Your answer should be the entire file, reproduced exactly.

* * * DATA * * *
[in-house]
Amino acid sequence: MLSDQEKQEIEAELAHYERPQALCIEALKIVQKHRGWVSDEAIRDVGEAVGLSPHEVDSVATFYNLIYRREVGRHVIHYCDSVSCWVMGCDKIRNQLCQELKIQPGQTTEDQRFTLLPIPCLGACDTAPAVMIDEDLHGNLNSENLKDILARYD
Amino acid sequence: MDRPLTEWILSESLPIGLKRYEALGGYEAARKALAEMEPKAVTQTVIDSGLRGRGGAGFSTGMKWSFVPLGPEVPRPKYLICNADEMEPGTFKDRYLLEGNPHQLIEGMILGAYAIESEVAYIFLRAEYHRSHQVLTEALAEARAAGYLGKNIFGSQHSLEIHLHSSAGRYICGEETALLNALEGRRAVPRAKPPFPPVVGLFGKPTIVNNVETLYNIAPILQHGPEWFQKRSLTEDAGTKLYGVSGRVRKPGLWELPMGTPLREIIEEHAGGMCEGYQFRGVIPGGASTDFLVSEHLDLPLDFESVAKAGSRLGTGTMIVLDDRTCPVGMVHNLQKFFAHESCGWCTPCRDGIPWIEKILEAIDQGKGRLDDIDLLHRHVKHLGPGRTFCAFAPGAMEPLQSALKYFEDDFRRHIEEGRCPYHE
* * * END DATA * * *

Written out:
[in-house]
Amino acid sequence: MLSDQEKQEIEAELAHYERPQALCIEALKIVQKHRGWVSDEAIRDVGEAVGLSPHEVDSVATFYNLIYRREVGRHVIHYCDSVSCWVMGCDKIRNQLCQELKIQPGQTTEDQRFTLLPIPCLGACDTAPAVMIDEDLHGNLNSENLKDILARYD
Amino acid sequence: MDRPLTEWILSESLPIGLKRYEALGGYEAARKALAEMEPKAVTQTVIDSGLRGRGGAGFSTGMKWSFVPLGPEVPRPKYLICNADEMEPGTFKDRYLLEGNPHQLIEGMILGAYAIESEVAYIFLRAEYHRSHQVLTEALAEARAAGYLGKNIFGSQHSLEIHLHSSAGRYICGEETALLNALEGRRAVPRAKPPFPPVVGLFGKPTIVNNVETLYNIAPILQHGPEWFQKRSLTEDAGTKLYGVSGRVRKPGLWELPMGTPLREIIEEHAGGMCEGYQFRGVIPGGASTDFLVSEHLDLPLDFESVAKAGSRLGTGTMIVLDDRTCPVGMVHNLQKFFAHESCGWCTPCRDGIPWIEKILEAIDQGKGRLDDIDLLHRHVKHLGPGRTFCAFAPGAMEPLQSALKYFEDDFRRHIEEGRCPYHE